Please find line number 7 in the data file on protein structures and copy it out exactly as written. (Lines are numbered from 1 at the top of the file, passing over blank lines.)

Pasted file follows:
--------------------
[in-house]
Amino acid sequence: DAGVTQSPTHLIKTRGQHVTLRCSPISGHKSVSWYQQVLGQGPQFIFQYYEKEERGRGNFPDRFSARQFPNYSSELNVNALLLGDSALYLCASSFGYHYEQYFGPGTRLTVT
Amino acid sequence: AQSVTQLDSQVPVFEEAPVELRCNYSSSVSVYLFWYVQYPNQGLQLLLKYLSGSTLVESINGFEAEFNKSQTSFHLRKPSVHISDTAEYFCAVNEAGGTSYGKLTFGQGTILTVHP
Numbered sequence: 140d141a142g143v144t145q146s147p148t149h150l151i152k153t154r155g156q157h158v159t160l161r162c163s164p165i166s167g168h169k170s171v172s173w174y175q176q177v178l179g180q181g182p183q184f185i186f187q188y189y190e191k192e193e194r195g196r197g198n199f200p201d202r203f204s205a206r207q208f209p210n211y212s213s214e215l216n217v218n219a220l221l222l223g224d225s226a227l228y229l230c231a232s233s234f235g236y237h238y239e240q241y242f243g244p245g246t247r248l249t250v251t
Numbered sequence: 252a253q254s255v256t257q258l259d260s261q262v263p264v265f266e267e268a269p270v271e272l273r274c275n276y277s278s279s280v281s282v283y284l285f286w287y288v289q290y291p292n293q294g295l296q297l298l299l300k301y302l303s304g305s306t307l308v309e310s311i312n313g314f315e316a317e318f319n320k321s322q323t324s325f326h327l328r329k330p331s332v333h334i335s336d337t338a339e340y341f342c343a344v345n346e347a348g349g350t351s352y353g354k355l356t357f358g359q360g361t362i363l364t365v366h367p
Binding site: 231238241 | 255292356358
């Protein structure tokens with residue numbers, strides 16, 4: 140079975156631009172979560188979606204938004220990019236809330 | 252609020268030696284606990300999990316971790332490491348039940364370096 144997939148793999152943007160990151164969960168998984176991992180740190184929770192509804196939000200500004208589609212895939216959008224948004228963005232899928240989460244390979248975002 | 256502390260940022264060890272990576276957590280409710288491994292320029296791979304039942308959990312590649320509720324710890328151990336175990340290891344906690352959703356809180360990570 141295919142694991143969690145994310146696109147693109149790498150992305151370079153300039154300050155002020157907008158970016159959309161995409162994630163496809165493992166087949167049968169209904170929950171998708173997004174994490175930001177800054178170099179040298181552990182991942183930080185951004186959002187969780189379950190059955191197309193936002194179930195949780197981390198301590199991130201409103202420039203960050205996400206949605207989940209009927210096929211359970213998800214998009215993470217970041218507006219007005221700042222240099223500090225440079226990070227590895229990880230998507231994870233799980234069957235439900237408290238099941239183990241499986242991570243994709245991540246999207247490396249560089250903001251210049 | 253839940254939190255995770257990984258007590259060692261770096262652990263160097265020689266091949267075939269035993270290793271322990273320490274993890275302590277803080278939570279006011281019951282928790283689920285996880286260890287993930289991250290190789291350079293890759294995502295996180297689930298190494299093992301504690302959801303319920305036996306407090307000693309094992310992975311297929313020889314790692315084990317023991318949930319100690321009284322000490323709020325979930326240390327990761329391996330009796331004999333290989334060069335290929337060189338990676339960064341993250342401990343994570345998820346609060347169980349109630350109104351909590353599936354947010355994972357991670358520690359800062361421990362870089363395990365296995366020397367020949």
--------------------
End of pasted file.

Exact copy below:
């Protein structure tokens with residue numbers, strides 16, 4: 140079975156631009172979560188979606204938004220990019236809330 | 252609020268030696284606990300999990316971790332490491348039940364370096 144997939148793999152943007160990151164969960168998984176991992180740190184929770192509804196939000200500004208589609212895939216959008224948004228963005232899928240989460244390979248975002 | 256502390260940022264060890272990576276957590280409710288491994292320029296791979304039942308959990312590649320509720324710890328151990336175990340290891344906690352959703356809180360990570 141295919142694991143969690145994310146696109147693109149790498150992305151370079153300039154300050155002020157907008158970016159959309161995409162994630163496809165493992166087949167049968169209904170929950171998708173997004174994490175930001177800054178170099179040298181552990182991942183930080185951004186959002187969780189379950190059955191197309193936002194179930195949780197981390198301590199991130201409103202420039203960050205996400206949605207989940209009927210096929211359970213998800214998009215993470217970041218507006219007005221700042222240099223500090225440079226990070227590895229990880230998507231994870233799980234069957235439900237408290238099941239183990241499986242991570243994709245991540246999207247490396249560089250903001251210049 | 253839940254939190255995770257990984258007590259060692261770096262652990263160097265020689266091949267075939269035993270290793271322990273320490274993890275302590277803080278939570279006011281019951282928790283689920285996880286260890287993930289991250290190789291350079293890759294995502295996180297689930298190494299093992301504690302959801303319920305036996306407090307000693309094992310992975311297929313020889314790692315084990317023991318949930319100690321009284322000490323709020325979930326240390327990761329391996330009796331004999333290989334060069335290929337060189338990676339960064341993250342401990343994570345998820346609060347169980349109630350109104351909590353599936354947010355994972357991670358520690359800062361421990362870089363395990365296995366020397367020949």